Advertisement

  1. ITV Report

'PTSD turned me into a wreck'

Kerryanne Wilde served in Bosnia at the height of the civil war Photo: Kerryanne Wilde

A former soldier from Shap says that post traumatic stress disorder left her "feeling like a wreck and totally withdrawn".

Kerryanne Wilde, who runs the Eden Flood Volunteers, served in the British Army from 1990 to 2000 before leaving for family reasons. She says that PTSD is a hidden illness that can affect anyone, not just soldiers.

Kerryanne is one of thousands of people who have taken part in the '22 push-up challenge' aimed at promoting awareness of PTSD. The social media campaign is asking people to do 22 push-ups - the amount of American army veterans that were reported to have taken their own lives in 2013.

"When I was serving in Bosnia in 1994 I saw piles of dead bodies", says Kerryanne, who also served in the Falklands, Germany, Cyprus and Gibraltar. "It was like watching one of those documentaries about World War Two. I saw mounds of bodies and mass graves. Some whole villages were killed. It was ethnic cleansing on a massive scale."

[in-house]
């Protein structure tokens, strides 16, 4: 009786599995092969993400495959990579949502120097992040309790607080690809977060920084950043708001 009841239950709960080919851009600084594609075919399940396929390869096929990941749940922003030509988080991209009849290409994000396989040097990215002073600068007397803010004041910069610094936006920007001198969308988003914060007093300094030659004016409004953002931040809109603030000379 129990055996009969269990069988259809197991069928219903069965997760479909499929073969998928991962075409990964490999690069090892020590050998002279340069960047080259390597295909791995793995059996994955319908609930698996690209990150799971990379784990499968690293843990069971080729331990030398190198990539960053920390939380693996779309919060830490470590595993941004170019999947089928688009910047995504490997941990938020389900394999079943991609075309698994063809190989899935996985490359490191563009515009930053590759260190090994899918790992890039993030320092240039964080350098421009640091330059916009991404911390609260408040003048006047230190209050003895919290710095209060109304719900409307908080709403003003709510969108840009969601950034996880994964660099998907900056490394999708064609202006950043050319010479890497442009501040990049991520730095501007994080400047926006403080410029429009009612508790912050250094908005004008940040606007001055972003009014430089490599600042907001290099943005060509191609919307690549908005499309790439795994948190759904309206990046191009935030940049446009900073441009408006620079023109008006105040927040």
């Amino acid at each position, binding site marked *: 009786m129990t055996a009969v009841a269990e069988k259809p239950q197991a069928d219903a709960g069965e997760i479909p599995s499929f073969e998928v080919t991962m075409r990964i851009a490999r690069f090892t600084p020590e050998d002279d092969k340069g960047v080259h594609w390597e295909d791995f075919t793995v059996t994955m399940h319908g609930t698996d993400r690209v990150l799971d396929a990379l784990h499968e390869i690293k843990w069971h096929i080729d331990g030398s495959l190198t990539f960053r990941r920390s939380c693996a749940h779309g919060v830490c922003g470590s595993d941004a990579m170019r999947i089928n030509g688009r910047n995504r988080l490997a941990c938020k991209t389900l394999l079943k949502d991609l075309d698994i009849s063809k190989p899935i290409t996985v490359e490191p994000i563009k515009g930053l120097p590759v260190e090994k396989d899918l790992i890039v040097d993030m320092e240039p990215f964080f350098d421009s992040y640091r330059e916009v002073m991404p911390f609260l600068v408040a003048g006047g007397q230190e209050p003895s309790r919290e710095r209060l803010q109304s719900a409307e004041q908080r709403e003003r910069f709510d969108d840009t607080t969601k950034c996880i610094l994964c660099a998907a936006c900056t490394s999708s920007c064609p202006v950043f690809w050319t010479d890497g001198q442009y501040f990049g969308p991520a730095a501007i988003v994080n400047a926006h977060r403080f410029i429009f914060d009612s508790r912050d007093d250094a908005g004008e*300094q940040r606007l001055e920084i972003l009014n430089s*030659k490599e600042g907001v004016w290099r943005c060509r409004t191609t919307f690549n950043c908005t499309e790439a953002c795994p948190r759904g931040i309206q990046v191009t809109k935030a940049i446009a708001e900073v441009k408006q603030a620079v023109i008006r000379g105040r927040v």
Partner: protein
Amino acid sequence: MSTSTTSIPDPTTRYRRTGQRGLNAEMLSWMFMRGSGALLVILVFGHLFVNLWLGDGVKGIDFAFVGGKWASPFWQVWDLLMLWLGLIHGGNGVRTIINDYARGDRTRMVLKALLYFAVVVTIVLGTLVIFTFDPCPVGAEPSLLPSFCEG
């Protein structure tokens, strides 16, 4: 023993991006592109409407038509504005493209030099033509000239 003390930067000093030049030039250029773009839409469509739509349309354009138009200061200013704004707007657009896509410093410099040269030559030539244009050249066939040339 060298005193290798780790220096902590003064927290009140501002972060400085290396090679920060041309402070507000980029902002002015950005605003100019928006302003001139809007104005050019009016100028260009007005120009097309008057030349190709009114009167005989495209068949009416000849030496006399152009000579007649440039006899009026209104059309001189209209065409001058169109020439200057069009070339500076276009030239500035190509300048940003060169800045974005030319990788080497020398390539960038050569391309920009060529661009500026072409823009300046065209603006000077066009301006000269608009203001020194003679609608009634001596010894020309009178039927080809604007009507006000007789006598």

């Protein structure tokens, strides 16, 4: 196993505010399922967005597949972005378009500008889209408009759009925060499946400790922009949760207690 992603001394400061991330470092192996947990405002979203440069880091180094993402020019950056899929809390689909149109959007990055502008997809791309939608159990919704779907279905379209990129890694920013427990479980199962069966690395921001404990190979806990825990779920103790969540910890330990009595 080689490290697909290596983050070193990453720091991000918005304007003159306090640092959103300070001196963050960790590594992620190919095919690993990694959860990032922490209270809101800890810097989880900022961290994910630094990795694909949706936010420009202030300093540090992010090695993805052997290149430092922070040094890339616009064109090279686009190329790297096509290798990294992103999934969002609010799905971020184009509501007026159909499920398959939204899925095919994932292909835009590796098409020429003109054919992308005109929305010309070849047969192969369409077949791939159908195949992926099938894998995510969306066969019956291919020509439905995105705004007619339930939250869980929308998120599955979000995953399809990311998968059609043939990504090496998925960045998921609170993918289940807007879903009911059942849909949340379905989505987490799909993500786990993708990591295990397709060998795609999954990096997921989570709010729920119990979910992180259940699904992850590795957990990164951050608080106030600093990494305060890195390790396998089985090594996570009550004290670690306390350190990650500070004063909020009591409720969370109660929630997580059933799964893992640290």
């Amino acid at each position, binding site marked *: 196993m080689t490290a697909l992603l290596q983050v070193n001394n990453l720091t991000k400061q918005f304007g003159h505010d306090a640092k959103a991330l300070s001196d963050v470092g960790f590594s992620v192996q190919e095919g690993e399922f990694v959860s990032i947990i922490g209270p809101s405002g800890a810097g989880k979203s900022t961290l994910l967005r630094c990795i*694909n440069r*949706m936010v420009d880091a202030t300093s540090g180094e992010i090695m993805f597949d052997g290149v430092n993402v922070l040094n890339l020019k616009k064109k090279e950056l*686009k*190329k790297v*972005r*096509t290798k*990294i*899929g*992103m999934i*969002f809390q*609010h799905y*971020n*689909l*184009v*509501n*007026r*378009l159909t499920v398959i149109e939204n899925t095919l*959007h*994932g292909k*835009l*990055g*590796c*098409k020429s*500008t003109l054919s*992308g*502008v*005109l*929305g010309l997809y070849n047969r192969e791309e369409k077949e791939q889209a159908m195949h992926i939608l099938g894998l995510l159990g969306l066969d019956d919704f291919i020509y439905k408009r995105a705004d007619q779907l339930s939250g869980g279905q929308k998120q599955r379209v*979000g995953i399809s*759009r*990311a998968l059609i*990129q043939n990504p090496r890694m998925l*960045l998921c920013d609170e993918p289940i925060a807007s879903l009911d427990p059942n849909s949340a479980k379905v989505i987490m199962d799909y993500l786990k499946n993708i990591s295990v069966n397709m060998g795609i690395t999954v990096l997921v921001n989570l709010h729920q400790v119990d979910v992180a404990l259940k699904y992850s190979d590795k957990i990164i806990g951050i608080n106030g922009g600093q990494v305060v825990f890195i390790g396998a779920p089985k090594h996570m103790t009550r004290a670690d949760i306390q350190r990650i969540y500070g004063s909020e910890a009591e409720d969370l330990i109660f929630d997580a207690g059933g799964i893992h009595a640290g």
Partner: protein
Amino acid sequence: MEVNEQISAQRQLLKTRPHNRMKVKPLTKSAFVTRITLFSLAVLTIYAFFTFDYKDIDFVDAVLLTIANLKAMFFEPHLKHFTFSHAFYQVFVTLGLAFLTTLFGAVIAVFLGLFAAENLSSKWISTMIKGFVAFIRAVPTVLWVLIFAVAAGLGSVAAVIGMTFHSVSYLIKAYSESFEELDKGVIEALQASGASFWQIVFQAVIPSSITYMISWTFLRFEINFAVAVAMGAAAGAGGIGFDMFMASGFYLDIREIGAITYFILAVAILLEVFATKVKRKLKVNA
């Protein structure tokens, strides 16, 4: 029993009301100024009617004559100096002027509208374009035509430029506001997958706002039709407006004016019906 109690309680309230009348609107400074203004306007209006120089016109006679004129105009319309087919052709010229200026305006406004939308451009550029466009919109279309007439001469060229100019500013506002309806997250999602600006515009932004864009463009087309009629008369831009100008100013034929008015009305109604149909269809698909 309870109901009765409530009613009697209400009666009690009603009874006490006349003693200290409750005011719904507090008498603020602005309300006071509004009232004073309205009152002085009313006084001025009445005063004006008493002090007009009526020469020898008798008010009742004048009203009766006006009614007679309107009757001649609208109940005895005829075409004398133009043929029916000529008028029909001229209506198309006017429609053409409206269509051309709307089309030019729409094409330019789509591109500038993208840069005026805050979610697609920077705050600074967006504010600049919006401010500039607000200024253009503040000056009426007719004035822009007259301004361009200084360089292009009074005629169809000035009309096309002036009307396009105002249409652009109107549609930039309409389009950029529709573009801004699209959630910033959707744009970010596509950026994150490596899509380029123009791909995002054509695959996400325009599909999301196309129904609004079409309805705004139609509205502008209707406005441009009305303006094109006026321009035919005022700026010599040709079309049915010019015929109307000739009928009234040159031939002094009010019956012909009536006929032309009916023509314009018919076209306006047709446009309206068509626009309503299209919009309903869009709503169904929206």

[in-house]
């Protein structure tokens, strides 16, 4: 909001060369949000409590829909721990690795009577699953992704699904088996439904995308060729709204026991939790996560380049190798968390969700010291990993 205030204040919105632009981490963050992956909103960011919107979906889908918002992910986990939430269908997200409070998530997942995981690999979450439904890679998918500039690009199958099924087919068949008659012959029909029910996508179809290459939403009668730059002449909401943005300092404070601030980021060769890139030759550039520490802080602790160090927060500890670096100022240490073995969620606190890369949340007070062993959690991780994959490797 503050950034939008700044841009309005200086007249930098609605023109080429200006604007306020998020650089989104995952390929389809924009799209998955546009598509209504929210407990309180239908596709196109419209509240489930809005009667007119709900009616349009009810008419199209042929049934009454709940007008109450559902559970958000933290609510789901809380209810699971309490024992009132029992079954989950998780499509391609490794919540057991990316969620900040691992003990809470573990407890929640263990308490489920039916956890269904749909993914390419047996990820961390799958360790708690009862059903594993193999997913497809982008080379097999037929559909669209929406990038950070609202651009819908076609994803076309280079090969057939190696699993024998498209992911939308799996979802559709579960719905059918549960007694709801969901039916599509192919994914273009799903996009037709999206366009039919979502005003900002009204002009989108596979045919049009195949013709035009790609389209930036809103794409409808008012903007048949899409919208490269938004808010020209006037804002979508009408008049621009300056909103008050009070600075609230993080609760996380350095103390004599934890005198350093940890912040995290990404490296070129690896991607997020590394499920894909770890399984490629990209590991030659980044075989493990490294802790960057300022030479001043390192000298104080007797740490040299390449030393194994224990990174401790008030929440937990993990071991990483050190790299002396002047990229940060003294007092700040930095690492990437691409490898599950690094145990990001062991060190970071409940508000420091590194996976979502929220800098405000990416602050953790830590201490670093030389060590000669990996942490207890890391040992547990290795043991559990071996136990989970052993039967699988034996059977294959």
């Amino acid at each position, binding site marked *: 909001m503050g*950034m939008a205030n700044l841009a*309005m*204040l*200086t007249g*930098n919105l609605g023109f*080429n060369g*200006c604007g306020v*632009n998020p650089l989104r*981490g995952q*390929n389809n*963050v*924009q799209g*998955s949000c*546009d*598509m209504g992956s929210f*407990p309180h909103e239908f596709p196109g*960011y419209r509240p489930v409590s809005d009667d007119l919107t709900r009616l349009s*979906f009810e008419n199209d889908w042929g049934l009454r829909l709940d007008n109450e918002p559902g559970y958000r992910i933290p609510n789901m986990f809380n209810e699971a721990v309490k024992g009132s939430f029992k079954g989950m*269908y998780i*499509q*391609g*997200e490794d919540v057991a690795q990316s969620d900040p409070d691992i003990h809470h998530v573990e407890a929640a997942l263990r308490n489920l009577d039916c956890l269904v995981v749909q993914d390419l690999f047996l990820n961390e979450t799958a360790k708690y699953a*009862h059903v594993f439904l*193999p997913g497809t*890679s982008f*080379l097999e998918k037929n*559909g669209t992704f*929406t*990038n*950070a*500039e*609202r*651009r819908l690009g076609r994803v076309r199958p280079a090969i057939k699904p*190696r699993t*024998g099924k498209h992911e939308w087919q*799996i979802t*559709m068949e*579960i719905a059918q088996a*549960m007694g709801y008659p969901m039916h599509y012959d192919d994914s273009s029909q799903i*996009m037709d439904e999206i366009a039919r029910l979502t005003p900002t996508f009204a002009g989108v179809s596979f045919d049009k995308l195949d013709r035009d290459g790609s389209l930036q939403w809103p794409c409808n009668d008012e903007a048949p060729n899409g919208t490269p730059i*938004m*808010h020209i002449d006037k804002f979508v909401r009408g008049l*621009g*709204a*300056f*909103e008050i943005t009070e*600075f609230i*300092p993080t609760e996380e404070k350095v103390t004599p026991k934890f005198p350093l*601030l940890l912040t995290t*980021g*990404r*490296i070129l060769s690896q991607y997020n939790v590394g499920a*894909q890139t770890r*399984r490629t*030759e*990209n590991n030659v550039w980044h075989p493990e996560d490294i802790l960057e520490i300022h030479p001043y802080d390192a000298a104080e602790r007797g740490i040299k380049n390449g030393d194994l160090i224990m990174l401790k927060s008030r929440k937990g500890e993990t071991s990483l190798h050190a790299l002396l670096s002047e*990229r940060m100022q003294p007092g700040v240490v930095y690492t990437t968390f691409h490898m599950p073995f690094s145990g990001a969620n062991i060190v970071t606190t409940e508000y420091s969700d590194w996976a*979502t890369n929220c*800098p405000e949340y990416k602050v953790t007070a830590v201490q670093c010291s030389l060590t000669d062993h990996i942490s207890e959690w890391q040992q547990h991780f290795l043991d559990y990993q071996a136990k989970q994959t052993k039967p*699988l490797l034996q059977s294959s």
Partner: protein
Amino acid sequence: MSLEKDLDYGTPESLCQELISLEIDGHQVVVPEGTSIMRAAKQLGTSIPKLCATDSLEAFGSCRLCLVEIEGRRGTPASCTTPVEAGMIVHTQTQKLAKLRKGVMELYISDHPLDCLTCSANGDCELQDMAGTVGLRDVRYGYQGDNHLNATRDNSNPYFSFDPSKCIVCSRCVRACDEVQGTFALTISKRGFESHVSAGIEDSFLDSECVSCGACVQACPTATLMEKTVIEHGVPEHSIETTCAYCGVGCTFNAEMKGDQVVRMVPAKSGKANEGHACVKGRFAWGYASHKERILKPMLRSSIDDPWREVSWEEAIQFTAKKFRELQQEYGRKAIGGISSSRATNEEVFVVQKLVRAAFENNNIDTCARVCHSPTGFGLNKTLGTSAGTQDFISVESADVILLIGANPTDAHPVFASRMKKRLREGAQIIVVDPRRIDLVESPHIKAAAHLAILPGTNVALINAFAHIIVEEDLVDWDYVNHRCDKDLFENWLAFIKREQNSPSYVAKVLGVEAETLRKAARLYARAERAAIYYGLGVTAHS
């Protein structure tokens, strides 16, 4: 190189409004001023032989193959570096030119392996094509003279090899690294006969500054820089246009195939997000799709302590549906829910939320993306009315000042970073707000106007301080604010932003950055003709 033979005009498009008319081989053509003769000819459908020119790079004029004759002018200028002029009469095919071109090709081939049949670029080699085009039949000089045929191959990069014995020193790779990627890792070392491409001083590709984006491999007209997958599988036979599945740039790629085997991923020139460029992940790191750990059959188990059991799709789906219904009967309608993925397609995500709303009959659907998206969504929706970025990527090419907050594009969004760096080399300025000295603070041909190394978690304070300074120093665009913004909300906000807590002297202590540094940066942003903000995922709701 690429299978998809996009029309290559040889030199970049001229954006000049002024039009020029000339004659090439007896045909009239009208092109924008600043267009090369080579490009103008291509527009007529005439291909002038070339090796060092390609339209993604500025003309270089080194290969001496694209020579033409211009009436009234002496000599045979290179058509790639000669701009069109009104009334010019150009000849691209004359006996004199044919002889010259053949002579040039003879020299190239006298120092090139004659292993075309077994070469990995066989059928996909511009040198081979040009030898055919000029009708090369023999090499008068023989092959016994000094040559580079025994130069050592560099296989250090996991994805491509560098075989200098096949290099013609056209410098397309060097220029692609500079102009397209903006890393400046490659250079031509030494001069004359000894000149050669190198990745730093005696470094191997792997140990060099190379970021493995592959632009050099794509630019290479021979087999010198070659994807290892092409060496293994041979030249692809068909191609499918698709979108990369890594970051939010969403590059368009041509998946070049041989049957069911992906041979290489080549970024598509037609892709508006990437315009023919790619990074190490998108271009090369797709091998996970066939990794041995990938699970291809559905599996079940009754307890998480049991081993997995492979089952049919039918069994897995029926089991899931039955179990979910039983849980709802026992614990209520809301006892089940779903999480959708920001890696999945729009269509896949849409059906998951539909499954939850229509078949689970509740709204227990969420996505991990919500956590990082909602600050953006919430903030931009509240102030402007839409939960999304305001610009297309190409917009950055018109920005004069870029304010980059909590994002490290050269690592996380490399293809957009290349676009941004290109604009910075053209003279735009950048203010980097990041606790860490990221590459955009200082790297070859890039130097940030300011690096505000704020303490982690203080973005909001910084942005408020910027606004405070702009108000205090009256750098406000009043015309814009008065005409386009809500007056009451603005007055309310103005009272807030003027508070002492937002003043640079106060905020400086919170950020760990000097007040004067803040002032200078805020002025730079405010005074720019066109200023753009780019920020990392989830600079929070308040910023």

While Kerryanne enjoyed her ten years in the Army she says there was no emotional support for soldiers, during and after their tour of duty.

"When I was on duty there were no counsellors to help you deal with what you had experienced", says Kerryanne. "When I left the army there was no after-care support. You were just expected to get on with it".

Kerryanne left the army in 2000 but didn't feel any ill affects of PTSD until 2007. "It came totally out of the blue", says Kerryanne. "Someone spoke to me in the work place in a certain way and I went to pieces".

Kerryanne says that, while she had other issues going on, the main cause of her breakdown was flash-backs to her time in Bosnia. "It was things like cooking pork. I couldn't face it because it reminded me of the smell of people dying in Bosnia. I was a total wreck, devoid of confidence and like a completely different person".

After 18 months of therapy and a treatment of anti-depressants Kerryanne recovered but believes more needs to be done to support people with PTSD.

Anyone can suffer from PTSD. People affected by the Cumbria floods have suffered from it. But it's a hidden illness. There needs to be more awareness and support for people who might be struggling.

– Kerryanne Wilde, former British soldier